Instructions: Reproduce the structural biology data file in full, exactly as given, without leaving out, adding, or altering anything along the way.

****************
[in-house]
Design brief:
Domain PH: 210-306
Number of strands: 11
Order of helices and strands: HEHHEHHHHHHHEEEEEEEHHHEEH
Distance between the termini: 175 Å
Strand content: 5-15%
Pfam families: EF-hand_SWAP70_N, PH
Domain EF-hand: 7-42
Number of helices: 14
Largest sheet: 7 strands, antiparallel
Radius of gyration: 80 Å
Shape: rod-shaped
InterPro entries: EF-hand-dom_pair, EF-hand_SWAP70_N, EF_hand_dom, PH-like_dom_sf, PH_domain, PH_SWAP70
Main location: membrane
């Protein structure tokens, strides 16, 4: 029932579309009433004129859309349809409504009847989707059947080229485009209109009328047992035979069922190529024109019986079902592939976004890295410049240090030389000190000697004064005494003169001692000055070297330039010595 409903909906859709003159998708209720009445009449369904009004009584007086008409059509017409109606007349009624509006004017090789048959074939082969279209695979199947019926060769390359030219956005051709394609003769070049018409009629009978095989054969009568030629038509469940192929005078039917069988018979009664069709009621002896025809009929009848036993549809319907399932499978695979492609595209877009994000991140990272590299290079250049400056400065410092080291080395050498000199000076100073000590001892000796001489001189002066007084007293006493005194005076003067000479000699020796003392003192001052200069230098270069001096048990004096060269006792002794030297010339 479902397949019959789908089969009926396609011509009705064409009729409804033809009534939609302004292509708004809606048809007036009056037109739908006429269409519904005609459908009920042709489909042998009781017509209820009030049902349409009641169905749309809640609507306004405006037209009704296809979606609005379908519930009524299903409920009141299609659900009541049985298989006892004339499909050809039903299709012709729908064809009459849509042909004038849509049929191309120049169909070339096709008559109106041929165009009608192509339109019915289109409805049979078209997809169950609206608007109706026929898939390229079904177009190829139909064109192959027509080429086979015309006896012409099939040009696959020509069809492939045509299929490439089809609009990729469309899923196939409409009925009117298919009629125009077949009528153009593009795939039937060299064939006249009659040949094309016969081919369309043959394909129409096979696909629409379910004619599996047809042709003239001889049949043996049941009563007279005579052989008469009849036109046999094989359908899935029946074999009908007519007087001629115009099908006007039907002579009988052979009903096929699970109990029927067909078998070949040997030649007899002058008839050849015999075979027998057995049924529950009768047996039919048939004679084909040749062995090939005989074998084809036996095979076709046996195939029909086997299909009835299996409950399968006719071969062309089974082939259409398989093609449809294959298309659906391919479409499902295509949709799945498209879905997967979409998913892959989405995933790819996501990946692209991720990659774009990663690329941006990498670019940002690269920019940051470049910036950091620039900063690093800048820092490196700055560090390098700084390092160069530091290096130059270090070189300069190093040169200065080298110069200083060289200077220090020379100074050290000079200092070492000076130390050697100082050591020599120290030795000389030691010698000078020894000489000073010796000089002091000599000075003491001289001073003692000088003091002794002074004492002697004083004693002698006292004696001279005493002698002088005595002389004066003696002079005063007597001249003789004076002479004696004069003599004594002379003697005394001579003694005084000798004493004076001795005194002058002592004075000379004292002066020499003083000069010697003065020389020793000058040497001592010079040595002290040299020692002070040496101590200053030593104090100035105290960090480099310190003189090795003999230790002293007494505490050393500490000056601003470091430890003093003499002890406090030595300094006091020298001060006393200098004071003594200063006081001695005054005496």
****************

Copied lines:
[in-house]
Design brief:
Domain PH: 210-306
Number of strands: 11
Order of helices and strands: HEHHEHHHHHHHEEEEEEEHHHEEH
Distance between the termini: 175 Å
Strand content: 5-15%
Pfam families: EF-hand_SWAP70_N, PH
Domain EF-hand: 7-42
Number of helices: 14
Largest sheet: 7 strands, antiparallel
Radius of gyration: 80 Å
Shape: rod-shaped
InterPro entries: EF-hand-dom_pair, EF-hand_SWAP70_N, EF_hand_dom, PH-like_dom_sf, PH_domain, PH_SWAP70
Main location: membrane
């Protein structure tokens, strides 16, 4: 029932579309009433004129859309349809409504009847989707059947080229485009209109009328047992035979069922190529024109019986079902592939976004890295410049240090030389000190000697004064005494003169001692000055070297330039010595 409903909906859709003159998708209720009445009449369904009004009584007086008409059509017409109606007349009624509006004017090789048959074939082969279209695979199947019926060769390359030219956005051709394609003769070049018409009629009978095989054969009568030629038509469940192929005078039917069988018979009664069709009621002896025809009929009848036993549809319907399932499978695979492609595209877009994000991140990272590299290079250049400056400065410092080291080395050498000199000076100073000590001892000796001489001189002066007084007293006493005194005076003067000479000699020796003392003192001052200069230098270069001096048990004096060269006792002794030297010339 479902397949019959789908089969009926396609011509009705064409009729409804033809009534939609302004292509708004809606048809007036009056037109739908006429269409519904005609459908009920042709489909042998009781017509209820009030049902349409009641169905749309809640609507306004405006037209009704296809979606609005379908519930009524299903409920009141299609659900009541049985298989006892004339499909050809039903299709012709729908064809009459849509042909004038849509049929191309120049169909070339096709008559109106041929165009009608192509339109019915289109409805049979078209997809169950609206608007109706026929898939390229079904177009190829139909064109192959027509080429086979015309006896012409099939040009696959020509069809492939045509299929490439089809609009990729469309899923196939409409009925009117298919009629125009077949009528153009593009795939039937060299064939006249009659040949094309016969081919369309043959394909129409096979696909629409379910004619599996047809042709003239001889049949043996049941009563007279005579052989008469009849036109046999094989359908899935029946074999009908007519007087001629115009099908006007039907002579009988052979009903096929699970109990029927067909078998070949040997030649007899002058008839050849015999075979027998057995049924529950009768047996039919048939004679084909040749062995090939005989074998084809036996095979076709046996195939029909086997299909009835299996409950399968006719071969062309089974082939259409398989093609449809294959298309659906391919479409499902295509949709799945498209879905997967979409998913892959989405995933790819996501990946692209991720990659774009990663690329941006990498670019940002690269920019940051470049910036950091620039900063690093800048820092490196700055560090390098700084390092160069530091290096130059270090070189300069190093040169200065080298110069200083060289200077220090020379100074050290000079200092070492000076130390050697100082050591020599120290030795000389030691010698000078020894000489000073010796000089002091000599000075003491001289001073003692000088003091002794002074004492002697004083004693002698006292004696001279005493002698002088005595002389004066003696002079005063007597001249003789004076002479004696004069003599004594002379003697005394001579003694005084000798004493004076001795005194002058002592004075000379004292002066020499003083000069010697003065020389020793000058040497001592010079040595002290040299020692002070040496101590200053030593104090100035105290960090480099310190003189090795003999230790002293007494505490050393500490000056601003470091430890003093003499002890406090030595300094006091020298001060006393200098004071003594200063006081001695005054005496």